Billy Joe Sanders, Individually, and In his capacity as Trustee for Keystone Trust, and Keystone Trust, Appellants
Westmoreland County Tax Claim Bureau and Kelly A. Rowe
Argued: April 22, 2014.
Appealed from No. 463 of 2013. Common Pleas Court of the County of Westmoreland. Judge Caruso, President Judge.
Herbert A. Terrell, McDonald, for appellants.
Timothy C. Andrews, Greensburg, for appellee Westmoreland County Tax Claim Bureau.
BEFORE: HONORABLE ROBERT SIMPSON, Judge, HONORABLE ANNE E. COVEY, Judge, HONORABLE ROCHELLE S. FRIEDMAN, Senior Judge. OPINION BY JUDGE COVEY.
ANNE E. COVEY, Judge
Billy Joe Sanders, Individually, and In his capacity as Trustee for Keystone Trust, and Keystone Trust (collectively Sanders) appeal from the Westmoreland County Common Pleas Court's (trial court) September 24, 2013 order denying Sanders' summary judgment motion, granting Kelly A. Rowe's (Rowe) summary judgment motion, and dismissing with prejudice Sanders' complaint against Rowe and the Westmoreland County Tax Claim Bureau (Bureau) seeking mandamus and declaratory judgment. The issue before this Court is whether the trial court erred when it granted Rowe's summary judgment motion, and concluded that Sanders did not have a binding purchase agreement for the property at 540 Keystone Street in
the City of Greensburg, Westmoreland County (Property). We affirm.
Rowe is the record owner of the Property. Rowe failed to pay real estate taxes on the Property, and as a result the Property was subjected to an upset sale pursuant to the Real Estate Tax Sale Law (RETSL), at which no bids were received and the Property was not sold. The Property was then subjected to a judicial sale, at which no bids were received and the Property was not sold. Consequently, the Property was placed in the Westmoreland County repository.
In December 2011, Sanders submitted a $7,225.00 bid for the Property. Sanders paid the purchase price and a recording fee. However, before receiving written consent of the relevant taxing bodies to sell the Property to Sanders, the Bureau advised Sanders by December 13, 2011 letter that the sale had been denied because Rowe had paid all taxes and costs in full. The total amount paid by Rowe exceeded $21,000.00. The Bureau returned the check for the recording fee and informed Sanders that the purchase price would be refunded.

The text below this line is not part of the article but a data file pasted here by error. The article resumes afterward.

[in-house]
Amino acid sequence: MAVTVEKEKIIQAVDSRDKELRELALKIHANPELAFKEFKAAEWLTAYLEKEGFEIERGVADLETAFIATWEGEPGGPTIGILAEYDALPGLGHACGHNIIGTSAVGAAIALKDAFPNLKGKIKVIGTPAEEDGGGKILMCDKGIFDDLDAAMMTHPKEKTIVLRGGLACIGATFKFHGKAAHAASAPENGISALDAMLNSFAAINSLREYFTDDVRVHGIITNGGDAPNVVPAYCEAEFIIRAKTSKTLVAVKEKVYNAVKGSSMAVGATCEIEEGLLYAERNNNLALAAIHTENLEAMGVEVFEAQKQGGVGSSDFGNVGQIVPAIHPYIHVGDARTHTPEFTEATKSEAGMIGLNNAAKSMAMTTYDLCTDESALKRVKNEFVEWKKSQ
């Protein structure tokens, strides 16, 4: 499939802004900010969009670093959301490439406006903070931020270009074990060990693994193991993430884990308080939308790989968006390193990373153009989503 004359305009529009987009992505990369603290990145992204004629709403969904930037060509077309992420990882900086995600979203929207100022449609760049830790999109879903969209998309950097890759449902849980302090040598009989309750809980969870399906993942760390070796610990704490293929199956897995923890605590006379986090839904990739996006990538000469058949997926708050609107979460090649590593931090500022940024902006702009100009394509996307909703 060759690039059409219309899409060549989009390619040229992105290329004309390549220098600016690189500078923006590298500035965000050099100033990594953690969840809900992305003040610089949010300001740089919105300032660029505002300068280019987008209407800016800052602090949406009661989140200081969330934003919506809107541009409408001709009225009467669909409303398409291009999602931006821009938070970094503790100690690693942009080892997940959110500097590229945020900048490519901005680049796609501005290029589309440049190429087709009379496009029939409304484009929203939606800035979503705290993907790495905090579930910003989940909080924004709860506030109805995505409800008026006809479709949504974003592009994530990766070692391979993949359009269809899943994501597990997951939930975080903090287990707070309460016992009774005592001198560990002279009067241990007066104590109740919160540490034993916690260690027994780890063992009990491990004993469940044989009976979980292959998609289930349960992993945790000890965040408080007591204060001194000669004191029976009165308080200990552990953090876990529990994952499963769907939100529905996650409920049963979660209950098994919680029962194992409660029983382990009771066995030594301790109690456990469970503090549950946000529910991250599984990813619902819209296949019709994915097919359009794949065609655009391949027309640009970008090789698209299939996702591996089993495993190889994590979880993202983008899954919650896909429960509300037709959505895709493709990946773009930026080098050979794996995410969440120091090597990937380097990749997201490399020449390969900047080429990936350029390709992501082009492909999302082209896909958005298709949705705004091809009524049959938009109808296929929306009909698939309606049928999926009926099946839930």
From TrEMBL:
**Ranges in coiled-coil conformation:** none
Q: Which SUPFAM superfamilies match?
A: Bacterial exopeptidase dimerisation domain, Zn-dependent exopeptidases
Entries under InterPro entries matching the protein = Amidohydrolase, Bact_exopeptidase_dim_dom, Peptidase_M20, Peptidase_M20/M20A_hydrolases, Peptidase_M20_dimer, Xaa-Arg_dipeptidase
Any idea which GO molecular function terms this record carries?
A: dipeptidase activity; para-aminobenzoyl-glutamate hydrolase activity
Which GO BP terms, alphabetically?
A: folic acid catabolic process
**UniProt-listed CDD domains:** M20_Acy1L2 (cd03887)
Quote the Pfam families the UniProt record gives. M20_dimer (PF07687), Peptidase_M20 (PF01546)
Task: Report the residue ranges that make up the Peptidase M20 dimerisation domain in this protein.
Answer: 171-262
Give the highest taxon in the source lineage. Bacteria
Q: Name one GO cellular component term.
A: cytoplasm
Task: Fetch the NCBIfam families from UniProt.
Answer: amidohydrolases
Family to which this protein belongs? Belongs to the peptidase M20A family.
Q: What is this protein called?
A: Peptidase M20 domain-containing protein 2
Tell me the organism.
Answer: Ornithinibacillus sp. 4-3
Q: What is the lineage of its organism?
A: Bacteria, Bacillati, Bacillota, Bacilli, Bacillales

On February 1, 2013, Sanders filed a Complaint against the Bureau and Rowe seeking mandamus and declaratory relief. On July 15, 2013, Sanders filed a motion for summary judgment. On August 20, 2013, Rowe filed a counter-motion for summary judgment. On September 24, 2013, the trial court denied Sanders' motion for summary judgment, granted Rowe's counter-motion for summary judgment, and dismissed Sanders' complaint with prejudice. Sanders appealed to this Court.
Sanders argues that the trial court erred when it granted summary judgment in Rowe's favor, permitted Rowe to redeem her property, and concluded that Sanders did not have a binding purchase agreement for the Property. Specifically, Sanders contends that after the upset sale, Rowe lost her ability to redeem the subject property by satisfying the outstanding taxes. Sanders further asserts that the Bureau had already accepted his bid at the time of the redemption and thus, he had a valid, enforceable contract. We disagree.
In Commonwealth v. Sprock, 795 A.2d 1100 (Pa. Cmwlth. 2002), this Court provided an overview of the tax ...